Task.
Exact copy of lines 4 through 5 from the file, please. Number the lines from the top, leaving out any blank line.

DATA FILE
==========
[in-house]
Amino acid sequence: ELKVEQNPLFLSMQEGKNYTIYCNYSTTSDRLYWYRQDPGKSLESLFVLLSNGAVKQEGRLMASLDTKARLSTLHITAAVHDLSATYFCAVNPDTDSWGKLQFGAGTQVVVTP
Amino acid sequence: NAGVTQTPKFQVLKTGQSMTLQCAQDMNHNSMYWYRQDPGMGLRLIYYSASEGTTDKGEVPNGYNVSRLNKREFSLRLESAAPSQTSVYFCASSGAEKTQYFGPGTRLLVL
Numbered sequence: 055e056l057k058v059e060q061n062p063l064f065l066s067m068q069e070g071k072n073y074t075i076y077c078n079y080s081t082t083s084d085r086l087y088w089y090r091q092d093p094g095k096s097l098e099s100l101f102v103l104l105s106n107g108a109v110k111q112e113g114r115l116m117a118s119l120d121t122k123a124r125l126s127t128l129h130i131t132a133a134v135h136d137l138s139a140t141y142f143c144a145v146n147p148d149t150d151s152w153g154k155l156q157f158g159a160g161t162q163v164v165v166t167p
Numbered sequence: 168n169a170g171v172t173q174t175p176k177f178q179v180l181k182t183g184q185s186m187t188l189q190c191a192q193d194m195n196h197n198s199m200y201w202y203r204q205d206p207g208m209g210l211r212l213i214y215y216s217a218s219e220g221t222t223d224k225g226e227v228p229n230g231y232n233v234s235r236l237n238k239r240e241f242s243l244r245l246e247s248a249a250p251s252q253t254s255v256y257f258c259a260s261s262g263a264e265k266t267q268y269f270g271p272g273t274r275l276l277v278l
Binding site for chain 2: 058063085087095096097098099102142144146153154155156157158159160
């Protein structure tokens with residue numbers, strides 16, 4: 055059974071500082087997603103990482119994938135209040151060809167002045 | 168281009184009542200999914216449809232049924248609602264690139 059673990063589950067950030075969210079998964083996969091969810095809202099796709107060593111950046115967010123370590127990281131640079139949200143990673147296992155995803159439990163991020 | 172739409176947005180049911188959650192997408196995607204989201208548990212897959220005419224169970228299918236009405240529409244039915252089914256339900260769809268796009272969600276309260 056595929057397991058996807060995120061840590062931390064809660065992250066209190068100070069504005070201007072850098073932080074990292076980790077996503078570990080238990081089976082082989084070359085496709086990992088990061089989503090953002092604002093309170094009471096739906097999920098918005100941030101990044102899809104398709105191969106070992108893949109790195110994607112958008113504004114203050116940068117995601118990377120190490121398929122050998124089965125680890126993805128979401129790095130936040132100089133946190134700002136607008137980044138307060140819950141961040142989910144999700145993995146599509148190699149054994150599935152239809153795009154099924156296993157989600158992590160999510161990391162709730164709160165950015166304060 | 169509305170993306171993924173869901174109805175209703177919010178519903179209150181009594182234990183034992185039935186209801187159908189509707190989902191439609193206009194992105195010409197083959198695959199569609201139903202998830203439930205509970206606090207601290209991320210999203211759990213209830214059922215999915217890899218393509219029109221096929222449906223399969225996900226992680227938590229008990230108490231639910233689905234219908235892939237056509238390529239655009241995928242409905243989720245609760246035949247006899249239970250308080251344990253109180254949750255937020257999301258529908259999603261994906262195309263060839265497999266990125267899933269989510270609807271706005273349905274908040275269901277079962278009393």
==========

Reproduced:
Numbered sequence: 055e056l057k058v059e060q061n062p063l064f065l066s067m068q069e070g071k072n073y074t075i076y077c078n079y080s081t082t083s084d085r086l087y088w089y090r091q092d093p094g095k096s097l098e099s100l101f102v103l104l105s106n107g108a109v110k111q112e113g114r115l116m117a118s119l120d121t122k123a124r125l126s127t128l129h130i131t132a133a134v135h136d137l138s139a140t141y142f143c144a145v146n147p148d149t150d151s152w153g154k155l156q157f158g159a160g161t162q163v164v165v166t167p
Numbered sequence: 168n169a170g171v172t173q174t175p176k177f178q179v180l181k182t183g184q185s186m187t188l189q190c191a192q193d194m195n196h197n198s199m200y201w202y203r204q205d206p207g208m209g210l211r212l213i214y215y216s217a218s219e220g221t222t223d224k225g226e227v228p229n230g231y232n233v234s235r236l237n238k239r240e241f242s243l244r245l246e247s248a249a250p251s252q253t254s255v256y257f258c259a260s261s262g263a264e265k266t267q268y269f270g271p272g273t274r275l276l277v278l